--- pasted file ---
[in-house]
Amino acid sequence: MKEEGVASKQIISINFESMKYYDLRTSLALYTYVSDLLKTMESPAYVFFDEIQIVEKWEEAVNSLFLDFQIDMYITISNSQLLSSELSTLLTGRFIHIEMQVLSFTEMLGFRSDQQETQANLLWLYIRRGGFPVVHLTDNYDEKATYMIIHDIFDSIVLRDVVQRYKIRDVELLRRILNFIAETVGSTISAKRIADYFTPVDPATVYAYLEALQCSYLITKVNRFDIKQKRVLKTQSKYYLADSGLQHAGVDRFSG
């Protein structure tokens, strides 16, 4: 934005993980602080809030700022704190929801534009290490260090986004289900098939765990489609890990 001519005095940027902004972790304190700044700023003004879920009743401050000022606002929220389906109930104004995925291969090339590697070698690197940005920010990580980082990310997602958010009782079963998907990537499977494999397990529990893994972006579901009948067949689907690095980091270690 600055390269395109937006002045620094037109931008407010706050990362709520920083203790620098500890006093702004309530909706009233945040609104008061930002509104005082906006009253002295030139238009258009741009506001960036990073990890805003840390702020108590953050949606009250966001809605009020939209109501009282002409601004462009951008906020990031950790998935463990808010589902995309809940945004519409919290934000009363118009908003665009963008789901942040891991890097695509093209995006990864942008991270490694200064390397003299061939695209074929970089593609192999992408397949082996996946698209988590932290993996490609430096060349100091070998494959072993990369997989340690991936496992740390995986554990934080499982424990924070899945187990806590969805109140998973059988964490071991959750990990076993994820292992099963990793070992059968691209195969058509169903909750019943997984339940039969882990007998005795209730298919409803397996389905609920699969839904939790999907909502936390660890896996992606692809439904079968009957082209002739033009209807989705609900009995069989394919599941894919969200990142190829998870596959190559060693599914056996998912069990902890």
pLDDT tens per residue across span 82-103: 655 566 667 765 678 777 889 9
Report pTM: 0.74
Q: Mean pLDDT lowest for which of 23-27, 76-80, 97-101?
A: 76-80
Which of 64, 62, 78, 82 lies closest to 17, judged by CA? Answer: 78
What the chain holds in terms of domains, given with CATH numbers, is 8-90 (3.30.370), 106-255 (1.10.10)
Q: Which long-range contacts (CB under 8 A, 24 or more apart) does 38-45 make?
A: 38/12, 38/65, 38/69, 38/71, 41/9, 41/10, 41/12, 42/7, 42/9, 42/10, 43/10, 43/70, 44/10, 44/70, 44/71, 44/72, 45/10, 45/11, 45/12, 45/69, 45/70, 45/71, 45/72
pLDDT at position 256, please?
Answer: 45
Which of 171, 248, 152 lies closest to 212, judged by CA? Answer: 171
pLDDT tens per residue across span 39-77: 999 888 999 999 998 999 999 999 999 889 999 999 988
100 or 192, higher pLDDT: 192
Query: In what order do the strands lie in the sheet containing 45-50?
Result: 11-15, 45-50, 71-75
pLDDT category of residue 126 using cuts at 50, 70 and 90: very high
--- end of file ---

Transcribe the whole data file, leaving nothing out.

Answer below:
[in-house]
Amino acid sequence: MKEEGVASKQIISINFESMKYYDLRTSLALYTYVSDLLKTMESPAYVFFDEIQIVEKWEEAVNSLFLDFQIDMYITISNSQLLSSELSTLLTGRFIHIEMQVLSFTEMLGFRSDQQETQANLLWLYIRRGGFPVVHLTDNYDEKATYMIIHDIFDSIVLRDVVQRYKIRDVELLRRILNFIAETVGSTISAKRIADYFTPVDPATVYAYLEALQCSYLITKVNRFDIKQKRVLKTQSKYYLADSGLQHAGVDRFSG
């Protein structure tokens, strides 16, 4: 934005993980602080809030700022704190929801534009290490260090986004289900098939765990489609890990 001519005095940027902004972790304190700044700023003004879920009743401050000022606002929220389906109930104004995925291969090339590697070698690197940005920010990580980082990310997602958010009782079963998907990537499977494999397990529990893994972006579901009948067949689907690095980091270690 600055390269395109937006002045620094037109931008407010706050990362709520920083203790620098500890006093702004309530909706009233945040609104008061930002509104005082906006009253002295030139238009258009741009506001960036990073990890805003840390702020108590953050949606009250966001809605009020939209109501009282002409601004462009951008906020990031950790998935463990808010589902995309809940945004519409919290934000009363118009908003665009963008789901942040891991890097695509093209995006990864942008991270490694200064390397003299061939695209074929970089593609192999992408397949082996996946698209988590932290993996490609430096060349100091070998494959072993990369997989340690991936496992740390995986554990934080499982424990924070899945187990806590969805109140998973059988964490071991959750990990076993994820292992099963990793070992059968691209195969058509169903909750019943997984339940039969882990007998005795209730298919409803397996389905609920699969839904939790999907909502936390660890896996992606692809439904079968009957082209002739033009209807989705609900009995069989394919599941894919969200990142190829998870596959190559060693599914056996998912069990902890």
pLDDT tens per residue across span 82-103: 655 566 667 765 678 777 889 9
Report pTM: 0.74
Q: Mean pLDDT lowest for which of 23-27, 76-80, 97-101?
A: 76-80
Which of 64, 62, 78, 82 lies closest to 17, judged by CA? Answer: 78
What the chain holds in terms of domains, given with CATH numbers, is 8-90 (3.30.370), 106-255 (1.10.10)
Q: Which long-range contacts (CB under 8 A, 24 or more apart) does 38-45 make?
A: 38/12, 38/65, 38/69, 38/71, 41/9, 41/10, 41/12, 42/7, 42/9, 42/10, 43/10, 43/70, 44/10, 44/70, 44/71, 44/72, 45/10, 45/11, 45/12, 45/69, 45/70, 45/71, 45/72
pLDDT at position 256, please?
Answer: 45
Which of 171, 248, 152 lies closest to 212, judged by CA? Answer: 171
pLDDT tens per residue across span 39-77: 999 888 999 999 998 999 999 999 999 889 999 999 988
100 or 192, higher pLDDT: 192
Query: In what order do the strands lie in the sheet containing 45-50?
Result: 11-15, 45-50, 71-75
pLDDT category of residue 126 using cuts at 50, 70 and 90: very high